There’s no doubt that ESPN will rehash and replay Miami’s “Miracle” kickoff return against Duke from 2015.
The Canes went on the road, with Malik Rosier making his first start due to an injury to then-No. 1 quarterback Brad Kaaya, and upended the Blue Devils thanks to a wacky play that included eight laterals before Corn Elder ended up dashing 91 yards up the sideline to complete one of the most improbable plays in football history.
A lot has changed for Miami since then – and the Canes hope that Friday’s game doesn’t need any late-game hi-jinks.
“You just don’t ever dream that something like that can happen in a game,” Richt said. “When you get to that point, you feel like the game is over, if you’re a coach. You know you have to get him on the ground. If you block a kick return perfect and it hits the seam and there it goes, you could imagine that could possibly happen. But slinging it around I don’t know how many times they slung it, you’re just like, ‘There’s no way.’ Once it gets into the razzle-dazzle kind of play, it’s not going to end good for the offensive team, but it did.”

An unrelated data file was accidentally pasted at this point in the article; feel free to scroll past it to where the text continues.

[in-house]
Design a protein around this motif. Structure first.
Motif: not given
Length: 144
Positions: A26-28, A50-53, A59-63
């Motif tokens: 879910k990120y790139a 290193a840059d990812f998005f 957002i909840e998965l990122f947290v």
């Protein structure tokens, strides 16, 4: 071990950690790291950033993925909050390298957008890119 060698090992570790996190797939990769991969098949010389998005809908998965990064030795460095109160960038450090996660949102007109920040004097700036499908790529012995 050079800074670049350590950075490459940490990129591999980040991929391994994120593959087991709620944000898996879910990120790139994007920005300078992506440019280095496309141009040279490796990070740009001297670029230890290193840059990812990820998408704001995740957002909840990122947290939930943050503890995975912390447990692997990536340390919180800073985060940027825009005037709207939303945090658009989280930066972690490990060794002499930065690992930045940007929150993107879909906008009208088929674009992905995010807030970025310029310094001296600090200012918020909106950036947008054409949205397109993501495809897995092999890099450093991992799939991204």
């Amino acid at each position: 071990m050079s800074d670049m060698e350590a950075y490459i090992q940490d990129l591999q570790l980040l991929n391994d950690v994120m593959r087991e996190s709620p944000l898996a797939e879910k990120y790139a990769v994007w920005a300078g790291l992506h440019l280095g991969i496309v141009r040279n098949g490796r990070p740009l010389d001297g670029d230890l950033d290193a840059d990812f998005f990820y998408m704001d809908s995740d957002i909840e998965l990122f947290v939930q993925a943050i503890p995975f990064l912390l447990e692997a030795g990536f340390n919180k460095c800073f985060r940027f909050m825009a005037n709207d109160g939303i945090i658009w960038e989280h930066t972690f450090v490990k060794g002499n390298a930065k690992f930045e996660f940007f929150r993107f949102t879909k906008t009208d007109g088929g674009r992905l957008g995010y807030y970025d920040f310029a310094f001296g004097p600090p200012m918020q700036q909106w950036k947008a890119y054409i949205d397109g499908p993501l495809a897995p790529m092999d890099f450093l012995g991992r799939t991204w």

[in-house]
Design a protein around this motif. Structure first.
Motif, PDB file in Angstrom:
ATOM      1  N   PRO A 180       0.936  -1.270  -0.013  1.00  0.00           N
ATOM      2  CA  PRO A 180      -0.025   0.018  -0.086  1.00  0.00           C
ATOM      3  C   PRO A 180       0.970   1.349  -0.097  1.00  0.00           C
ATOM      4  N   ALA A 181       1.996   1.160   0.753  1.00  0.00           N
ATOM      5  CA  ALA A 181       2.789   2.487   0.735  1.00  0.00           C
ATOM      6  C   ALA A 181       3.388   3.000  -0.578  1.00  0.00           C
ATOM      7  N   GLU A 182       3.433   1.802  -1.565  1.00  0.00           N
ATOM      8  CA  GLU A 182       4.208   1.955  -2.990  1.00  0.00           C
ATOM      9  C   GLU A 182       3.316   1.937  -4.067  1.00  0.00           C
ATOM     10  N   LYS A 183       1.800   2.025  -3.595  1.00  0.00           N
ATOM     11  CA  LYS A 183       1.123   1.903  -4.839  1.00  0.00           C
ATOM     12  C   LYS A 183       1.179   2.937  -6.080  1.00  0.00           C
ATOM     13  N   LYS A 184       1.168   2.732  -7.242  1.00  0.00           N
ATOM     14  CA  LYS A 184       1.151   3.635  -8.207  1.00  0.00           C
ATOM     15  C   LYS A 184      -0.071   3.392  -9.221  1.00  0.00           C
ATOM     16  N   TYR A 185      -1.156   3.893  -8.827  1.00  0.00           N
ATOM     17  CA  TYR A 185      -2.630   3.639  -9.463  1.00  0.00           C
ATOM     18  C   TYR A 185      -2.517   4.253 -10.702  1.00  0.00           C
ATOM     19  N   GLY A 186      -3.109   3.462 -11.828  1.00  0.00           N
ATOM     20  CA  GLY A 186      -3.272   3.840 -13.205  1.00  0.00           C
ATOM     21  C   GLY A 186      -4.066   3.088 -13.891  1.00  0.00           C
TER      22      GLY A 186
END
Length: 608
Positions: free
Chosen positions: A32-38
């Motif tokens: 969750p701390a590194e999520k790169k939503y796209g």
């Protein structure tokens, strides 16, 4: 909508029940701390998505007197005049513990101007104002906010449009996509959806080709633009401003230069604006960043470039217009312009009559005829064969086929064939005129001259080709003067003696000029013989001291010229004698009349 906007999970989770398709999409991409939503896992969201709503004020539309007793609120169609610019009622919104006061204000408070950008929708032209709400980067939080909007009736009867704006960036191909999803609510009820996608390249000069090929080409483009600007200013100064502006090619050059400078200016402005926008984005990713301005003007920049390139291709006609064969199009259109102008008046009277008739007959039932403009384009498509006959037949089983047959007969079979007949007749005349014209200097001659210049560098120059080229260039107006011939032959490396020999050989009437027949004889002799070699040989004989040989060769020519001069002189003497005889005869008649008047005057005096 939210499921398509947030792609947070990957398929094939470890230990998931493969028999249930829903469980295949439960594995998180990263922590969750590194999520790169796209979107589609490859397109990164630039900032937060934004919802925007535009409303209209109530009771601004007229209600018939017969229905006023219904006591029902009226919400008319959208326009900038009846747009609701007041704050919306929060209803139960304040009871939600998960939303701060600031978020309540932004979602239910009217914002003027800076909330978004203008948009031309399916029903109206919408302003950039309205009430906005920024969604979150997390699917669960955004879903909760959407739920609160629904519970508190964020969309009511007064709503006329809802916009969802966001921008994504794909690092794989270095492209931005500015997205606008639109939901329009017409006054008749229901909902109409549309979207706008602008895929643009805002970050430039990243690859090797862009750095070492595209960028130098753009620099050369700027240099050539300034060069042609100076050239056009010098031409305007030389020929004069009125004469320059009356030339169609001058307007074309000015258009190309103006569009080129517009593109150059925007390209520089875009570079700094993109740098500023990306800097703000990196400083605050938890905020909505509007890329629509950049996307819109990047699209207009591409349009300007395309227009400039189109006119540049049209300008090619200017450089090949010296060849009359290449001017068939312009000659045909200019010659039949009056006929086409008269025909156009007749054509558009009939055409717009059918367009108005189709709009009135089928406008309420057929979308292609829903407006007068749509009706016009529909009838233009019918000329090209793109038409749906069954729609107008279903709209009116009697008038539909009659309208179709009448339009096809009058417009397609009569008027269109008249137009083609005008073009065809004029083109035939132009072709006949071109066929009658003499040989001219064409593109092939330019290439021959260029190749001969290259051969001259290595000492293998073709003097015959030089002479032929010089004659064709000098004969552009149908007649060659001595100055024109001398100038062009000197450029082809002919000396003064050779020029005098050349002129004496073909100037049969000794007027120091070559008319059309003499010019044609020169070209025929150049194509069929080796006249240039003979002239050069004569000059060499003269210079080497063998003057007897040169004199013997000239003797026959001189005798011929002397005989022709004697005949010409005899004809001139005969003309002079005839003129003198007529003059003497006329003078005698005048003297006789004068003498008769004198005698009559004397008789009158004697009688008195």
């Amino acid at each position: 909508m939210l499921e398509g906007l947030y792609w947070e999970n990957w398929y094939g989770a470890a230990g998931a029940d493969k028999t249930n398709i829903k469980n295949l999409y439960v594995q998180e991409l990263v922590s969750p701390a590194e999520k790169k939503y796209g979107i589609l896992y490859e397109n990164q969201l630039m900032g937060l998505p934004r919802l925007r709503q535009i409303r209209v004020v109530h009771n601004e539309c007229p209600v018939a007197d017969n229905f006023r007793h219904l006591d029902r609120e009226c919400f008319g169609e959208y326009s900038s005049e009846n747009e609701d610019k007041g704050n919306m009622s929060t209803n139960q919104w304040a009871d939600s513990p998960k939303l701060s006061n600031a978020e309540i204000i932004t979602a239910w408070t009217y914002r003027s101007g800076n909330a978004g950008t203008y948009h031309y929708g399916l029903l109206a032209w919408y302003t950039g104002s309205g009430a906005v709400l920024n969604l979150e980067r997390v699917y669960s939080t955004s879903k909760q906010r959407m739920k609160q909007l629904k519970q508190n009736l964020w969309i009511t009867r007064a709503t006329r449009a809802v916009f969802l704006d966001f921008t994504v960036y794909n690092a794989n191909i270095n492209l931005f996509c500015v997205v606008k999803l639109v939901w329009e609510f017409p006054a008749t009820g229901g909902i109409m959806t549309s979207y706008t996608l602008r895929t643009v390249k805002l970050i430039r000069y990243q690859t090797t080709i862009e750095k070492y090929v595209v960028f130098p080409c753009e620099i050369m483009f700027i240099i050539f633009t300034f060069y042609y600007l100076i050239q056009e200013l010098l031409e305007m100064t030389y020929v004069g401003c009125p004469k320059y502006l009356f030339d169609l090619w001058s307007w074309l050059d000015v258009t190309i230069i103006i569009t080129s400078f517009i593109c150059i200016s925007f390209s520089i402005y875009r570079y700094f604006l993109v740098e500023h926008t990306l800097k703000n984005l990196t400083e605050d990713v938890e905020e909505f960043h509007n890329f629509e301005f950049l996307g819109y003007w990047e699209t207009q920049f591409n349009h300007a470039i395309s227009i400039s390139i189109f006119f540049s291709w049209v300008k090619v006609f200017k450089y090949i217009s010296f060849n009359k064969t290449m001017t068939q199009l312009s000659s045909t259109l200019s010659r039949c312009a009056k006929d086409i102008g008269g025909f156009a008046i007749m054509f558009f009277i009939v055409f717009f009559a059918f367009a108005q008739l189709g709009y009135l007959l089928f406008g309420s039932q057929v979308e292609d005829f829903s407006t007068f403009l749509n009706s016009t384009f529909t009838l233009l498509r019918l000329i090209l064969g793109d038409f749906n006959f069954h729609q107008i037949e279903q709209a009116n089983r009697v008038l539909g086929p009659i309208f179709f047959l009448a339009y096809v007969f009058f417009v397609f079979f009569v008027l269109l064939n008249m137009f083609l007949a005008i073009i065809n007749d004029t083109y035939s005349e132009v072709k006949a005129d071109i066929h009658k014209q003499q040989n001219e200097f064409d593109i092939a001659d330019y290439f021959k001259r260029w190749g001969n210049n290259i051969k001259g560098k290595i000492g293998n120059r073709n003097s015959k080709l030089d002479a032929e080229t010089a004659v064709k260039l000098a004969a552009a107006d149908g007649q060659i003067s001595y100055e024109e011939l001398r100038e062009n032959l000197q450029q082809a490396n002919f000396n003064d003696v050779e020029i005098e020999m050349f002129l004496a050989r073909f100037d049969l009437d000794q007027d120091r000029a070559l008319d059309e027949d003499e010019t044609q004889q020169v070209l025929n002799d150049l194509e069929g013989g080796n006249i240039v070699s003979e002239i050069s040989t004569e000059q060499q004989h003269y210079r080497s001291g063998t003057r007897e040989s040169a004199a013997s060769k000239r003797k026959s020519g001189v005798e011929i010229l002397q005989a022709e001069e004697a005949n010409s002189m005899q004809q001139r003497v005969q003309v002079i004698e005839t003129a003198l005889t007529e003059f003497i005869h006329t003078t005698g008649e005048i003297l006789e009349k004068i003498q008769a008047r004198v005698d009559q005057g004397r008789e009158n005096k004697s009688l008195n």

It was announced Wednesday that UM senior wide receiver Braxton Berrios was among those student-athletes recognized as semifinalists for the William V. Campbell Trophy.
The award recognizes an individual as the absolute best football scholar-athlete in the nation. Berrios, who has posted a 3.959 grade-point average as a double major in finance and entrepreneurship, achieved a career-high 105 receiving yards – including a career-long 55-yard reception – in the Canes’ 52-30 win over Toledo this past Saturday.
Berrios is also the team’s leading receiver through two games with 140 yards and a pair of touchdowns.
The National Football Foundation will announce 12-14 finalists on Nov. 1, and each of them will receive an $18,000 postgraduate scholarship as a member of the NFF National Scholar-Athlete Class. The finalists will travel to New York City for the 60th NFF Annual Awards Dinner on Dec. 5, where one member of the class will be declared as the winner of the 28th William V. Campbell Trophy and have his postgraduate scholarship increased to $25,000.